James Harris v. David Duke, et al


UNPUBLISHED OPINION FILED. [15-11049 Affirmed as Modified] Judge: WED, Judge: LHS, Judge: SAH. Mandate pull date is 05/30/2017; denying motion to file appellant's supp brief [8215626-2] [15-11049]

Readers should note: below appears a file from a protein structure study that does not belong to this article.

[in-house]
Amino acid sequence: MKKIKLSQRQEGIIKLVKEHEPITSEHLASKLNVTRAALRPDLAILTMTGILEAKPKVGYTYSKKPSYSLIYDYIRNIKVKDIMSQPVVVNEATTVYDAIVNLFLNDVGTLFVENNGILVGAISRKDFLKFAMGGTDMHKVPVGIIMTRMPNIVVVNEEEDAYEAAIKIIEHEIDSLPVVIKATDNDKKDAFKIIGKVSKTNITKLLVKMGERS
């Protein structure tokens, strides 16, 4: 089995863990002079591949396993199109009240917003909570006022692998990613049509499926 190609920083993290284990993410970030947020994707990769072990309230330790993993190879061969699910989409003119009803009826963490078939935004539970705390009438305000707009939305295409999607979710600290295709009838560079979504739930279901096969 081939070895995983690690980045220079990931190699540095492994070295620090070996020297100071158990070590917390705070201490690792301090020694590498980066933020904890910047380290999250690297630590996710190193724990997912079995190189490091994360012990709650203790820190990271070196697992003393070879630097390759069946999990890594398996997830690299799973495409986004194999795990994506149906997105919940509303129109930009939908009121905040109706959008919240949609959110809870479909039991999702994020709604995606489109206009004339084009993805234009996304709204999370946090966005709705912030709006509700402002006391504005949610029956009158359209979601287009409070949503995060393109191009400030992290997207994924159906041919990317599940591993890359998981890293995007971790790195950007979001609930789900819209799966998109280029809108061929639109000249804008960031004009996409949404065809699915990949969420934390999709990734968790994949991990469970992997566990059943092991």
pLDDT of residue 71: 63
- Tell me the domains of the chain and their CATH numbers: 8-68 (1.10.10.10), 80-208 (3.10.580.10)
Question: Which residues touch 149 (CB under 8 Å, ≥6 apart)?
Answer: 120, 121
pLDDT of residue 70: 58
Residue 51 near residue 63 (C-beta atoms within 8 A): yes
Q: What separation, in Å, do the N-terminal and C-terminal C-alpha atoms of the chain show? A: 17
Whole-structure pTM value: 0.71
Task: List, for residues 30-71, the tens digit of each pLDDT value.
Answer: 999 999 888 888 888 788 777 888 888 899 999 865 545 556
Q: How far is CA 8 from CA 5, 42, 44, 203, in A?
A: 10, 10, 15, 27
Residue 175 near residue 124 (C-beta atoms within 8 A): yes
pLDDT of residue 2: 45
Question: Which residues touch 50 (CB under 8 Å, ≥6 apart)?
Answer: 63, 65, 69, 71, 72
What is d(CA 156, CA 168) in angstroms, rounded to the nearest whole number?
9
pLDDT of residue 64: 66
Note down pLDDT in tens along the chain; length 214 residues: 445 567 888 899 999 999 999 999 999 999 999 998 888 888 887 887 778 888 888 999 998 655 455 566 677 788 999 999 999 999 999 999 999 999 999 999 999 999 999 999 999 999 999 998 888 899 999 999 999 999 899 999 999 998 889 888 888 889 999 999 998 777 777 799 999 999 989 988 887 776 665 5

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Case: 15-11049 Document: 00513982824 Page: 1 Date Filed: 05/08/2017 IN THE UNITED STATES COURT OF APPEALS FOR THE FIFTH CIRCUIT No. 15-11049 Summary Calendar United States Court of Appeals Fifth Circuit FILED May 8, 2017 Lyle W. Cayce Clerk JAMES DANIEL HARRIS, Plaintiff-Appellant v. DAVID DUKE, Wichita County Sheriff; WICHITA COUNTY SHERIFF OFFICE; WICHITA COUNTY, TEXAS; KEVIN CALLAHAN, Chief Deputy; DEREK MEADOR; DONNY JOHNS; DEPUTY BECCERRA; DEPUTY MCMURTURY; DEPUTY HILL; DEPUTY LOWERY; DEPUTY ZENON; DEPUTY PIKE; DEPUTY BONNIN; NURSE LISA; NURSE DAVID; X-RAY TECHNICIAN SANDY; DOCTOR DUHAM; CORRECTIONAL HEALTHCARE COMPANIES; HEALTH PROFESSIONAL, INCORPORATED; DEPUTY JOHN DOE #1; DEPUTY JOHN DOE #2; DEPUTY JOHN DOE #3, Defendants-Appellees Appeal from the United States District Court for the Northern District of Texas USDC No. 7:12-CV-127 Before DAVIS, SOUTHWICK, and HIGGINSON, Circuit Judges. PER CURIAM: * Pursuant to 5TH CIR. R. 47.5, the court has determined that this opinion should not be published and is not precedent except under the limited circumstances set forth in 5TH CIR. R. 47.5.4. * Case: 15-11049 Document: 00513982824 Page: 2 Date Filed: 05/08/2017 No. 15-11049 James Daniel Harris, Texas prisoner # 1716217, proceeding pro se and in forma pauperis (IFP), appeals the district court’s dismissal of his 42 U.S.C. § 1983 complaint. Harris alleged in his complaint that prison officials violated the Eighth Amendment by acting with deliberate indifference (i) to his safety and security when they failed to protect him from being attacked by another inmate and (ii) to his medical needs when they failed to provide him with the medical care he believed necessary for his leg, which was broken during the attack, and delayed his medical treatment. The district court dismissed the complaint as frivolous pursuant to 28 U.S.C. § 1915(e)(2)(B)(i). Such a dismissal is reviewed for an abuse of discretion. Berry v. Brady, 192 F.3d 504, 507 (5th Cir. 1999). Harris has failed to establish that the district court’s dismissal of his failure-to-protect claims was an abuse of discretion. See Berry, 192 F.3d at 507. The facts alleged by Harris do not show that any of the defendants were aware of and disregarded an excessive risk to Harris’s safety by failing to transfer him away from the inmate who ultimately attacked him, particularly where Harris alleged no prior threats of physical violence or prior physical altercations. See Farmer v. Brennan, 511 U.S. 825, 837-38 (1994); Longoria v. Texas, 473 F.3d 586, 592 (5th Cir. 2006). The facts alleged by Harris also do not show that any the defendants were present when the attack was initiated. Rather, Harris alleges that one of the defendants, after witnessing the attack on “close circuit television,” diffused the attack by approaching the inmates, stopping the attack by causing the attacking inmate to flee, and ordering a lockdown. Accordingly, Harris’s complaint does not establish a claim for deliberate indifference. Moreover, Harris has failed to establish that the district court’s dismissal of his denial-of-care claims was an abuse of discretion. See Berry, 2 Case: 15-11049 Document: 00513982824 Page: 3 Date Filed: 05/08/2017 No. 15-11049 192 F.3d at 507. While Harris’s allegations may show delay, malpractice, or a disagreement over treatment, they do not rise to the “extremely high standard” of deliberate indifference. See Domino v. Texas Dep’t of Criminal Justice, 239 F.3d 752, 756 (5th Cir. 2001). Because Harris’s constitutional or federal law claims were dismissed as frivolous, and he is not entitled to civil rights or federal relief, the district court erred in dismissing his federal claims without prejudice. See Marts v. Hines, 117 F.3d 1504, 1506 (5th Cir. 1997). Accordingly, we MODIFY the judgment of dismissal to reflect that Harris’s constitutional or federal law claims are DISMISSED WITH PREJUDICE and AFFIRM AS MODIFIED. This court’s affirmance and the district court’s dismissal are counted as one strike under 28 U.S.C. § 1915(g). See Adepegba v. Hammons, 103 F.3d 383, 387-88 (5th Cir. 1996). Harris is WARNED that if he accumulates three strikes, he will not be allowed to proceed IFP in any civil action or appeal unless he is under imminent danger of serious physical injury. See § 1915(g). Finally, Harris’s motion for leave to file a supplemental brief is DENIED. 3

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